Rehearsal for Carmina Burana
Photo: Louisville Orchestra


Carmina Burana

Louisville Orchestra
Teddy Abrams, conductor

Review by Chris Stewart

Entire contents are copyright © 2014 Chris Stewart. All rights reserved

Fall Friday nights in Kentucky elicit images of high school football games, church chili suppers, and hayrides. Even as an avid music fan, “orchestra concert” would not figure prominently in my list of things to do on a Friday night in October. Teddy Abrams and the musicians of the Louisville Orchestra sought to change that by presenting a challenging, diverse, and musically rich program, and they succeeded.

I support the idea of getting unpleasant conversations out of the way early so that we can enjoy the rest of our time reflecting on the enormous amount of great music performed on Friday. The LO featured Kentucky’s own Ben Sollee with fiddler Jeremy Kittle on Kittle’s original composition, “Big Fiddle.” Ben and Jeremy are both extremely talented individuals in unique ways. Jeremy is a fiddle virtuoso, a master of many genres who plays with stunning clarity, richness of tone, and phenomenal right-hand work. Ben is certainly a technically accomplished cellist, and any fan of his knows that his personal style is marked by his ability to use the cello as an accompaniment for his voice, often using chops and pizzicato techniques to create a unique sound scape for his original songs.

Having recognized the undeniable talents of both men, I am comfortable saying that Kittle’s piece slightly missed the mark. While Teddy Abrams literally stomped his foot in time during parts of the piece, no one around me seemed eager to join him. Kittle and Sollee functioned more as leaders in an orchestral call and response than as featured soloists. Perhaps this was the endgame, but for fans of both musicians, the absence of the musical techniques which make each instrumentalist a unique soloist left me wanting more.

Okay, that wasn’t so bad, was it? Now, let’s turn our attention to an orchestra whose excitement and passion are evident from every corner of the concert hall. The LO began the evening with Charles Ives’ Unanswered Question. As a side note, Charles Ives was famous for his musical eccentricities. He enjoyed going to carnivals and standing in the midst of several bands, taking in their separate songs and hearing the resultant aleatory as a distinct piece.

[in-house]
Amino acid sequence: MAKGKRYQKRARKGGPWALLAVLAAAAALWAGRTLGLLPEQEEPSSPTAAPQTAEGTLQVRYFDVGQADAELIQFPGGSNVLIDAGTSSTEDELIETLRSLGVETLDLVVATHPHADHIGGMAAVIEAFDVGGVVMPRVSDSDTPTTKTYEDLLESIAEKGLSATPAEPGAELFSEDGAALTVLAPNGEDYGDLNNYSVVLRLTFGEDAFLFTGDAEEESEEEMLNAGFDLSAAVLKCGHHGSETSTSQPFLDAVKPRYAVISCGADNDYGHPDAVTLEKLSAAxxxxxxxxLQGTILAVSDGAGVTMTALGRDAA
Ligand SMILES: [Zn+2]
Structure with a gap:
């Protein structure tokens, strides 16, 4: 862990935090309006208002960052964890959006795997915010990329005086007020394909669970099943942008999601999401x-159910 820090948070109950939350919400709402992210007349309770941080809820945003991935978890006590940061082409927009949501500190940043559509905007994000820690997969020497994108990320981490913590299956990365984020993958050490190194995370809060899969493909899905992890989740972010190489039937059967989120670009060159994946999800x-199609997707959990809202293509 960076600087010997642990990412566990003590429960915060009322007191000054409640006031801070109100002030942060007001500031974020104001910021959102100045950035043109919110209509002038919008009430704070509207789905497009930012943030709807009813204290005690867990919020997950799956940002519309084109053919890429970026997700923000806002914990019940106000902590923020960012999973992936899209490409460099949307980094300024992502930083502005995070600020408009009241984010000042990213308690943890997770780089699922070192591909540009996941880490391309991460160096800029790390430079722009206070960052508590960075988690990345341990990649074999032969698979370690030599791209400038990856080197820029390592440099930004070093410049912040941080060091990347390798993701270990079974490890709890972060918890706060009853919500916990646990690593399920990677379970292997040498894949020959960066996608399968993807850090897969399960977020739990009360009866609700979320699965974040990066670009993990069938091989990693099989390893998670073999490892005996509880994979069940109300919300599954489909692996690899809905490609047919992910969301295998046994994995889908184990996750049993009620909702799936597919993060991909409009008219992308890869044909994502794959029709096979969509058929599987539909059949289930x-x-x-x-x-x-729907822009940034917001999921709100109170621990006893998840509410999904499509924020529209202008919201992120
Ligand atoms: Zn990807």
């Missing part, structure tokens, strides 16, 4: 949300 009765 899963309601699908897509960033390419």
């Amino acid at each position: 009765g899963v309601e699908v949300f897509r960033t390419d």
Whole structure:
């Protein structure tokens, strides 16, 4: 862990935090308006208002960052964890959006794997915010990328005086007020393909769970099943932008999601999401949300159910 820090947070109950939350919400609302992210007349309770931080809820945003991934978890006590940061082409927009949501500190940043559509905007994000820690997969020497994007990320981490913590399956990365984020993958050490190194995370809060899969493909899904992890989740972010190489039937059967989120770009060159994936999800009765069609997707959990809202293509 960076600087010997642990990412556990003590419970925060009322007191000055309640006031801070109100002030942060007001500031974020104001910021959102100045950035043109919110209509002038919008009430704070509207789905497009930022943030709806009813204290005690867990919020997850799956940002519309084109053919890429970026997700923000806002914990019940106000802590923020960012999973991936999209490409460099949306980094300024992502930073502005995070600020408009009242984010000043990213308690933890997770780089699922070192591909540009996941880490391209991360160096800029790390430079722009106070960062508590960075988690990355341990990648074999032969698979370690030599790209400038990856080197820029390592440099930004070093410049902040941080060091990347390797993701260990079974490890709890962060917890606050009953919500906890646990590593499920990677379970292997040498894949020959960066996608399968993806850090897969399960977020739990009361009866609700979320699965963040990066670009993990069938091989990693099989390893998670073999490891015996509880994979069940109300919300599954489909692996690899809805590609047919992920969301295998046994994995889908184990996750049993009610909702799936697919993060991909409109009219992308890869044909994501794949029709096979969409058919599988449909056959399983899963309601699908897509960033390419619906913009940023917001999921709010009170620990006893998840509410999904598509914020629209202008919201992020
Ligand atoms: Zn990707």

Heady and beautiful, Unanswered Question is a pleasant challenge to listeners featuring three distinct voices. First, the strings begin the piece with a sustained chord, played completely off stage. Second, a lone trumpet sings a melody from the balcony. Finally, a selection of woodwinds answer in a slightly chaotic response. After the piece, Abrams explained that the strings represent the immutable universe, the backdrop of existence. The trumpet represents man’s cry for answers, our insatiable desire to know more and, more to the point, to understand why. The woodwinds offer the best answer Ives could think of. No matter how many times nor how plaintively we ask, the universe simply exists, offering beauty in its ordered chaos, but nothing so succinct as a clear answer.

The rest of the first half featured more uniquely beautiful music. Dr. Kent Hatteberg led a choral piece by Thomas Tallis, Spem in Alium. I have rarely heard anyone who gets more from a group of singers than Dr. Hatteberg, and Friday continued that trend. Tallis’ work featured forty parts. Not forty singers, but forty distinct parts washed over the audience. Religious subject matter has long inspired composers, but only a few made me feel as though I could see the composer’s devotion to God. Spem in Alium accomplishes this. Thomas Tallis musically encapsulated and emphasized the insignificance of man in relation to the glory of God. The Latin translates to: